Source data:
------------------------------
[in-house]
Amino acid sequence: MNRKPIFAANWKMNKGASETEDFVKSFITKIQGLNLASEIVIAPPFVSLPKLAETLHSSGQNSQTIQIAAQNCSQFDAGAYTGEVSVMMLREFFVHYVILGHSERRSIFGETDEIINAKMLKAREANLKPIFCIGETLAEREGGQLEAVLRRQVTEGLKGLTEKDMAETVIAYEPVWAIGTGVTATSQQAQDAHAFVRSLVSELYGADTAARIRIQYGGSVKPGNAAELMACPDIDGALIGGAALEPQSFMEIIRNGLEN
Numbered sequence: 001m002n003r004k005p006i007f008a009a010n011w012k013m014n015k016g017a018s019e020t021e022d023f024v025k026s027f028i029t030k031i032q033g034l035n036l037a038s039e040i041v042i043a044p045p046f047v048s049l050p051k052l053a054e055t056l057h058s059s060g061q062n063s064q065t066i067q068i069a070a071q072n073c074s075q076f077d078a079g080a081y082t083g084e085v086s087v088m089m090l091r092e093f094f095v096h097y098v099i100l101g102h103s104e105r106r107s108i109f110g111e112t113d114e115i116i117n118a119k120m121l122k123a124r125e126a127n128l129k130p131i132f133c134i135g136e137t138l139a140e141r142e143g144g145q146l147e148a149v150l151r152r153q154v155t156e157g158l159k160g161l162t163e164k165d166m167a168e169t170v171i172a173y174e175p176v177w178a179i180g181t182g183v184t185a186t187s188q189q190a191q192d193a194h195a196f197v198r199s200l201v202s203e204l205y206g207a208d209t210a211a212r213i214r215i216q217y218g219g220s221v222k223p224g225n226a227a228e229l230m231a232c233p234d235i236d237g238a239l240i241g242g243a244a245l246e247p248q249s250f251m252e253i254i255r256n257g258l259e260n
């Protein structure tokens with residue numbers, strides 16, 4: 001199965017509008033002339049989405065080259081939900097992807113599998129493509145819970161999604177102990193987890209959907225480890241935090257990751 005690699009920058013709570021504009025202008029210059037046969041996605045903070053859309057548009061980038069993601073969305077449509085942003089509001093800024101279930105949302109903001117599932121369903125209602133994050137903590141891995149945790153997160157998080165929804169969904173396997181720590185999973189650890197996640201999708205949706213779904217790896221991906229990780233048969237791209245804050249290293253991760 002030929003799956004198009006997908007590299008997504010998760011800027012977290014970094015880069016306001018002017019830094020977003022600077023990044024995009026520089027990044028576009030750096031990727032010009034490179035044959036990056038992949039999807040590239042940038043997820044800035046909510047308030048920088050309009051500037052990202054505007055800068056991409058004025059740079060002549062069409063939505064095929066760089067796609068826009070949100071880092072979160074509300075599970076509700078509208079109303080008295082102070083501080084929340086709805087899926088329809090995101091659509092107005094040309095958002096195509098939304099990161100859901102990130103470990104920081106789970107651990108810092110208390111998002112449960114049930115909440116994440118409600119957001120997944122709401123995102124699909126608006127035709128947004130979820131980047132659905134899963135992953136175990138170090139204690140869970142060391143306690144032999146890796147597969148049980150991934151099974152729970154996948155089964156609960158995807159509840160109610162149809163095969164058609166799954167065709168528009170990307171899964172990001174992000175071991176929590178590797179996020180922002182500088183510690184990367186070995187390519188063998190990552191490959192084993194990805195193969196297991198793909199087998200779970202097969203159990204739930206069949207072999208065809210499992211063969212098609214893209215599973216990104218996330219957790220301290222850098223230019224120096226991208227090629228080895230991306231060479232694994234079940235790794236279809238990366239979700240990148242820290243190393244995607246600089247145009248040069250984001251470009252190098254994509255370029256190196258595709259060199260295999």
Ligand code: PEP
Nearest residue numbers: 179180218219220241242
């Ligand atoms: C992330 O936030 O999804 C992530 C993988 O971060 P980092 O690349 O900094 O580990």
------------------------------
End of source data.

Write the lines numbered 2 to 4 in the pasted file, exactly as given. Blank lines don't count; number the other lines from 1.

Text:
Amino acid sequence: MNRKPIFAANWKMNKGASETEDFVKSFITKIQGLNLASEIVIAPPFVSLPKLAETLHSSGQNSQTIQIAAQNCSQFDAGAYTGEVSVMMLREFFVHYVILGHSERRSIFGETDEIINAKMLKAREANLKPIFCIGETLAEREGGQLEAVLRRQVTEGLKGLTEKDMAETVIAYEPVWAIGTGVTATSQQAQDAHAFVRSLVSELYGADTAARIRIQYGGSVKPGNAAELMACPDIDGALIGGAALEPQSFMEIIRNGLEN
Numbered sequence: 001m002n003r004k005p006i007f008a009a010n011w012k013m014n015k016g017a018s019e020t021e022d023f024v025k026s027f028i029t030k031i032q033g034l035n036l037a038s039e040i041v042i043a044p045p046f047v048s049l050p051k052l053a054e055t056l057h058s059s060g061q062n063s064q065t066i067q068i069a070a071q072n073c074s075q076f077d078a079g080a081y082t083g084e085v086s087v088m089m090l091r092e093f094f095v096h097y098v099i100l101g102h103s104e105r106r107s108i109f110g111e112t113d114e115i116i117n118a119k120m121l122k123a124r125e126a127n128l129k130p131i132f133c134i135g136e137t138l139a140e141r142e143g144g145q146l147e148a149v150l151r152r153q154v155t156e157g158l159k160g161l162t163e164k165d166m167a168e169t170v171i172a173y174e175p176v177w178a179i180g181t182g183v184t185a186t187s188q189q190a191q192d193a194h195a196f197v198r199s200l201v202s203e204l205y206g207a208d209t210a211a212r213i214r215i216q217y218g219g220s221v222k223p224g225n226a227a228e229l230m231a232c233p234d235i236d237g238a239l240i241g242g243a244a245l246e247p248q249s250f251m252e253i254i255r256n257g258l259e260n
């Protein structure tokens with residue numbers, strides 16, 4: 001199965017509008033002339049989405065080259081939900097992807113599998129493509145819970161999604177102990193987890209959907225480890241935090257990751 005690699009920058013709570021504009025202008029210059037046969041996605045903070053859309057548009061980038069993601073969305077449509085942003089509001093800024101279930105949302109903001117599932121369903125209602133994050137903590141891995149945790153997160157998080165929804169969904173396997181720590185999973189650890197996640201999708205949706213779904217790896221991906229990780233048969237791209245804050249290293253991760 002030929003799956004198009006997908007590299008997504010998760011800027012977290014970094015880069016306001018002017019830094020977003022600077023990044024995009026520089027990044028576009030750096031990727032010009034490179035044959036990056038992949039999807040590239042940038043997820044800035046909510047308030048920088050309009051500037052990202054505007055800068056991409058004025059740079060002549062069409063939505064095929066760089067796609068826009070949100071880092072979160074509300075599970076509700078509208079109303080008295082102070083501080084929340086709805087899926088329809090995101091659509092107005094040309095958002096195509098939304099990161100859901102990130103470990104920081106789970107651990108810092110208390111998002112449960114049930115909440116994440118409600119957001120997944122709401123995102124699909126608006127035709128947004130979820131980047132659905134899963135992953136175990138170090139204690140869970142060391143306690144032999146890796147597969148049980150991934151099974152729970154996948155089964156609960158995807159509840160109610162149809163095969164058609166799954167065709168528009170990307171899964172990001174992000175071991176929590178590797179996020180922002182500088183510690184990367186070995187390519188063998190990552191490959192084993194990805195193969196297991198793909199087998200779970202097969203159990204739930206069949207072999208065809210499992211063969212098609214893209215599973216990104218996330219957790220301290222850098223230019224120096226991208227090629228080895230991306231060479232694994234079940235790794236279809238990366239979700240990148242820290243190393244995607246600089247145009248040069250984001251470009252190098254994509255370029256190196258595709259060199260295999």